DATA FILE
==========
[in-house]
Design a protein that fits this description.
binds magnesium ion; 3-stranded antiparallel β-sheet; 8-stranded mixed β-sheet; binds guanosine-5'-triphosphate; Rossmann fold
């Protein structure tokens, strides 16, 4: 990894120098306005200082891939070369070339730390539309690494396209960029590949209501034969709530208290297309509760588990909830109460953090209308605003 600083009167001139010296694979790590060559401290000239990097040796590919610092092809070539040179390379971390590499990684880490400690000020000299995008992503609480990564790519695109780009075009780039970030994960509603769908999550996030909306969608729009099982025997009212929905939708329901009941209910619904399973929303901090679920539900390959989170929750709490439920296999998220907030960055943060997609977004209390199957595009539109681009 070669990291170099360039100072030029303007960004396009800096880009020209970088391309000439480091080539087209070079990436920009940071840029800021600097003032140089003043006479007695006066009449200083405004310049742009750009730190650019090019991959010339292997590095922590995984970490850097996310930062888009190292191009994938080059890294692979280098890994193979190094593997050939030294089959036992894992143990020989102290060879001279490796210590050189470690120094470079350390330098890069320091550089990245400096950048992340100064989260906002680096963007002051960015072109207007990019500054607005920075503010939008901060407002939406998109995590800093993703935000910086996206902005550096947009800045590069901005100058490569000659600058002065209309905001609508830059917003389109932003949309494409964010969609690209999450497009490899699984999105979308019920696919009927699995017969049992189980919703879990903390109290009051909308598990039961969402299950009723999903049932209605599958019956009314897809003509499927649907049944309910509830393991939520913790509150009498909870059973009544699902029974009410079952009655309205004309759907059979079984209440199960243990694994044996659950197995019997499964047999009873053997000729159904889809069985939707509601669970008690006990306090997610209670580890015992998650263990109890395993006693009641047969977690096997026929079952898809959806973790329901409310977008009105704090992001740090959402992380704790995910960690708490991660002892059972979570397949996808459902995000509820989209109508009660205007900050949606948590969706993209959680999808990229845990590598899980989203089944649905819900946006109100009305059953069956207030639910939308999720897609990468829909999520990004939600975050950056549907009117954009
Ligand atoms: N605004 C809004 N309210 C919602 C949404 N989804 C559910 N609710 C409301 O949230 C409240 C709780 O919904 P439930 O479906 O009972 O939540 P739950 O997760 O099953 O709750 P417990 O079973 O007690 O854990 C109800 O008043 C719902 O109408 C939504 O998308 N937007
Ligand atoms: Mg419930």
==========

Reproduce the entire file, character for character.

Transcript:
[in-house]
Design a protein that fits this description.
binds magnesium ion; 3-stranded antiparallel β-sheet; 8-stranded mixed β-sheet; binds guanosine-5'-triphosphate; Rossmann fold
């Protein structure tokens, strides 16, 4: 990894120098306005200082891939070369070339730390539309690494396209960029590949209501034969709530208290297309509760588990909830109460953090209308605003 600083009167001139010296694979790590060559401290000239990097040796590919610092092809070539040179390379971390590499990684880490400690000020000299995008992503609480990564790519695109780009075009780039970030994960509603769908999550996030909306969608729009099982025997009212929905939708329901009941209910619904399973929303901090679920539900390959989170929750709490439920296999998220907030960055943060997609977004209390199957595009539109681009 070669990291170099360039100072030029303007960004396009800096880009020209970088391309000439480091080539087209070079990436920009940071840029800021600097003032140089003043006479007695006066009449200083405004310049742009750009730190650019090019991959010339292997590095922590995984970490850097996310930062888009190292191009994938080059890294692979280098890994193979190094593997050939030294089959036992894992143990020989102290060879001279490796210590050189470690120094470079350390330098890069320091550089990245400096950048992340100064989260906002680096963007002051960015072109207007990019500054607005920075503010939008901060407002939406998109995590800093993703935000910086996206902005550096947009800045590069901005100058490569000659600058002065209309905001609508830059917003389109932003949309494409964010969609690209999450497009490899699984999105979308019920696919009927699995017969049992189980919703879990903390109290009051909308598990039961969402299950009723999903049932209605599958019956009314897809003509499927649907049944309910509830393991939520913790509150009498909870059973009544699902029974009410079952009655309205004309759907059979079984209440199960243990694994044996659950197995019997499964047999009873053997000729159904889809069985939707509601669970008690006990306090997610209670580890015992998650263990109890395993006693009641047969977690096997026929079952898809959806973790329901409310977008009105704090992001740090959402992380704790995910960690708490991660002892059972979570397949996808459902995000509820989209109508009660205007900050949606948590969706993209959680999808990229845990590598899980989203089944649905819900946006109100009305059953069956207030639910939308999720897609990468829909999520990004939600975050950056549907009117954009
Ligand atoms: N605004 C809004 N309210 C919602 C949404 N989804 C559910 N609710 C409301 O949230 C409240 C709780 O919904 P439930 O479906 O009972 O939540 P739950 O997760 O099953 O709750 P417990 O079973 O007690 O854990 C109800 O008043 C719902 O109408 C939504 O998308 N937007
Ligand atoms: Mg419930």